Arizona Pioneers’ Home

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Celebrating 100 years

February 1, 2011


Arizona Pioneers’ Home Celebrated Year-long Observance of 100 Years

One of Prescott’s most famous landmarks celebrated the completion of 100 years of operation February 1, 2011. Though it sits atop a bluff overlooking the heart of the city’s downtown business area you just might be surprised how almost anonymously it has gone about caring for hundreds of Arizona’s citizens. Since opening in 1911, an estimated three thousand plus residents have received a “century of caring,” according to registration archives.

During 2010, Arizonans statewide were invited to join in the celebration as residents, staff and supporters observed the century with Open Houses, displays marking milestones along the decades, and the telling of stories associated with the state’s development.

While eligible Arizona residents continue to make application at the venerable facility, the Arizona Pioneers’ Home remains unique in its eligibility requirements in the United States. 

To conclude 100 years of “quiet” caring for the state’s pioneers and miners, residents, staff and special invited guests helped celebrate the 100th birthday party of the Arizona Pioneers’ Home and Hospital for Disabled Miners.

The Home was sanctioned by the Arizona Centennial 2012 Foundation, and formally received the “Official Centennial Event” designation.

Click on the link below for the Courier article:


The Beginning…

The Arizona Pioneers’ Home began as the brainchild of three prominent Prescott citizens, A.J. Doran, Frank M. Murphy and Johnny Duke, to repay the faithful and longtime Arizona residents who helped pioneer and build the state. A.J. Doran sponsored a bill to create the Pioneers’ Home in Arizona’s Territorial Legislature in 1907. The initial bill failed, but it gained the full support of both houses two years later, and was signed into law by then Territorial Governor Joseph H. Kibbey, on March 11, 1909.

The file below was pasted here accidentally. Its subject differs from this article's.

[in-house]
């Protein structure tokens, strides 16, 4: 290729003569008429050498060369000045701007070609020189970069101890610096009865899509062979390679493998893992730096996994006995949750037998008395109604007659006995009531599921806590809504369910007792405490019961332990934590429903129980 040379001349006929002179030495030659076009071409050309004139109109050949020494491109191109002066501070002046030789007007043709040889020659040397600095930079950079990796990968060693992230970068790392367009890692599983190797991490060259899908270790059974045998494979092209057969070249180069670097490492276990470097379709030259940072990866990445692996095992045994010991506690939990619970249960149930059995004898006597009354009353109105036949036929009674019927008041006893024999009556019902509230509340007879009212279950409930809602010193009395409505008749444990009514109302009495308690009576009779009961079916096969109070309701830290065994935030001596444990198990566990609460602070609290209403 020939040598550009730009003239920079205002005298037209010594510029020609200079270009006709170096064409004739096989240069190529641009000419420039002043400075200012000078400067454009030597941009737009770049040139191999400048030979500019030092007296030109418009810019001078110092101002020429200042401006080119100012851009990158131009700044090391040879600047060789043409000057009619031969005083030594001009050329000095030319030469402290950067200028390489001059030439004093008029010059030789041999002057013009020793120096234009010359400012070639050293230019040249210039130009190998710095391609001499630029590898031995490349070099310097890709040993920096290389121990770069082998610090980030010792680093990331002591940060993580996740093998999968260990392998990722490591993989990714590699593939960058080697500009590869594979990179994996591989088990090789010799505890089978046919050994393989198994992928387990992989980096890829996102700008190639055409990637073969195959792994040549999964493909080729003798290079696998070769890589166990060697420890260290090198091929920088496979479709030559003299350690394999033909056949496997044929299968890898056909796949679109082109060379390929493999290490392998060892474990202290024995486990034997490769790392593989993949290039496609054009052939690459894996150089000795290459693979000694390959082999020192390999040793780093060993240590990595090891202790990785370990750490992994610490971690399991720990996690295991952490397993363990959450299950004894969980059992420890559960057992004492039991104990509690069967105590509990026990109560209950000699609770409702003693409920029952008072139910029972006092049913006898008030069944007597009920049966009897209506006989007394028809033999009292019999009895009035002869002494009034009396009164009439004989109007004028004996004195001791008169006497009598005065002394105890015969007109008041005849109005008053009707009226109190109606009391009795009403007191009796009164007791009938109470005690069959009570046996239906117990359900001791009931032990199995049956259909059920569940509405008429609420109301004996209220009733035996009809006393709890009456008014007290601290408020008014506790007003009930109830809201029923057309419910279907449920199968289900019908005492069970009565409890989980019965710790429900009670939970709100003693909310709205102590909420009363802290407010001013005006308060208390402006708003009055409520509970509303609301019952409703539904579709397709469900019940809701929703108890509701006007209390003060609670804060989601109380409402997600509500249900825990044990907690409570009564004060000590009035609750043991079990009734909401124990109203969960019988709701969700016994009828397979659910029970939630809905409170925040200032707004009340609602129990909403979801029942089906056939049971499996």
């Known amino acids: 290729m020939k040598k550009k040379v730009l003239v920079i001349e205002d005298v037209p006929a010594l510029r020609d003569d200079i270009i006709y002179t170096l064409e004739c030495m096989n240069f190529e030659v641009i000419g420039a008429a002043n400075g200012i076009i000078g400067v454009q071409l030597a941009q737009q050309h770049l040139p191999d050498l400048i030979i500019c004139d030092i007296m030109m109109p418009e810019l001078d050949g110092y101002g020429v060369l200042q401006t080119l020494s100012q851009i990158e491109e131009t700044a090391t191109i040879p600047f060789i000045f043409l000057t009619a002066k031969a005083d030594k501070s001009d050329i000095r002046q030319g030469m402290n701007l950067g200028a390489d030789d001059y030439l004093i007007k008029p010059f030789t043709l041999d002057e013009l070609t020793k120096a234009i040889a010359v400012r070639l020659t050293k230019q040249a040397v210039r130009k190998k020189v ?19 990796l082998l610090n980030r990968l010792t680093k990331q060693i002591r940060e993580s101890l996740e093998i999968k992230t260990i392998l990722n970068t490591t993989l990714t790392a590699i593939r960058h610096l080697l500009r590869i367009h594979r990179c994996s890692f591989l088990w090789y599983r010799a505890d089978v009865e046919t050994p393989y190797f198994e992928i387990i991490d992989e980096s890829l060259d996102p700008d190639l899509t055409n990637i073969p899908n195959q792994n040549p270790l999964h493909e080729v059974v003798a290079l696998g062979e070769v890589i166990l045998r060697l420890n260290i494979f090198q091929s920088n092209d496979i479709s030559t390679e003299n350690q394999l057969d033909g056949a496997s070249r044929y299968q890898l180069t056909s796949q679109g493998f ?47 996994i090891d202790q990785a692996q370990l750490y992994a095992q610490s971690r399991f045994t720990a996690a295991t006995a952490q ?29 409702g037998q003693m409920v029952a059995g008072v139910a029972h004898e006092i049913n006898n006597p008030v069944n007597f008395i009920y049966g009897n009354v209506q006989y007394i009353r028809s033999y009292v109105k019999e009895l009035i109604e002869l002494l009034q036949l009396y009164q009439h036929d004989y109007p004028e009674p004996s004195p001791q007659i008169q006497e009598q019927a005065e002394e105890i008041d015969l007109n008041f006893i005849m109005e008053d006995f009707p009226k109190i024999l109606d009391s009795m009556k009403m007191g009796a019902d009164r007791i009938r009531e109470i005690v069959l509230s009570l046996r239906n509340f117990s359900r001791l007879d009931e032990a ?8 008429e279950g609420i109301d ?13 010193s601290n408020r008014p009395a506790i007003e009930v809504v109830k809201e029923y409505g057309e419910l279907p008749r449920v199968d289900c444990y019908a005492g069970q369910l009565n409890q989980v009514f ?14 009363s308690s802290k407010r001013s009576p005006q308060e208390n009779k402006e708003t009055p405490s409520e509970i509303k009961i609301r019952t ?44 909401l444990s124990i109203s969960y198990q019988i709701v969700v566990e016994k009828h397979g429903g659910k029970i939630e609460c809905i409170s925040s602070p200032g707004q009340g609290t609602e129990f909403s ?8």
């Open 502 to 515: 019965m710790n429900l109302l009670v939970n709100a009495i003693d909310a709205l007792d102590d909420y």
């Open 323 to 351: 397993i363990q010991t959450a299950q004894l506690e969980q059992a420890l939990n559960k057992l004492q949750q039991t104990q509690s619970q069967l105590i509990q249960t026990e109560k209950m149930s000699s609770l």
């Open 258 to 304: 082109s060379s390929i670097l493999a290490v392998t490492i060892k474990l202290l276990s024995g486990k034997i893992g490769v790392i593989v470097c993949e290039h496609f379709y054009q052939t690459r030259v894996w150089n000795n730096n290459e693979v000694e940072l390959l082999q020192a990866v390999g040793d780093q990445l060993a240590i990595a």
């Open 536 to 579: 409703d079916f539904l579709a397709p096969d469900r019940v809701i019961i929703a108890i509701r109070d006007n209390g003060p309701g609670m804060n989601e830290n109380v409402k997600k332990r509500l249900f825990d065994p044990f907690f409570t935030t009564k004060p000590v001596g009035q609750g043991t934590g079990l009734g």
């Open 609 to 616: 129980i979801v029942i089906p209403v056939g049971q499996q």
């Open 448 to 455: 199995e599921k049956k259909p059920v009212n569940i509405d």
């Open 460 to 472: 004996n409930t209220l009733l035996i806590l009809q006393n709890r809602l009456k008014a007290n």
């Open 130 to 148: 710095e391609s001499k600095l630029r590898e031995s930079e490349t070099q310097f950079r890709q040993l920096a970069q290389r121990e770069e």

Frank M. Murphy donated four and a half acres in southwest Prescott as the building site, and later T.G. Norris donated adjacent land to the North. The original red brick three story building with porticos was designed by local Prescott architect, W.S. Elliot and built for $25,000. The Pioneers’ Home opened its doors on February 1, 1911, situated atop a granite promontory overlooking the City of Prescott, Arizona. A.J. Doran was named the first Superintendent and served from February, 1911 to August, 1912.

Initially the home was built to house 40 men, but in 1916, pursuant to the benevolent donation from W.S. Parsons, an addition of a women’s wing was completed to provide for 20 women. Later, in 1929, the home was again expanded to include Arizona’s Hospital for Disabled Miners.

Today the Home can care for up to 150 residents, and operates via appropriations of approximately $5 million annually through state land trusts, a miners’ hospital fund, state charitable funds and the general fund. The current population of residents includes individuals from throughout the State of Arizona. Residents of the Pioneers’ Home pay a portion of their care based on their income, which is deposited back into the general fund.





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                                                                     © Michelle Young 2012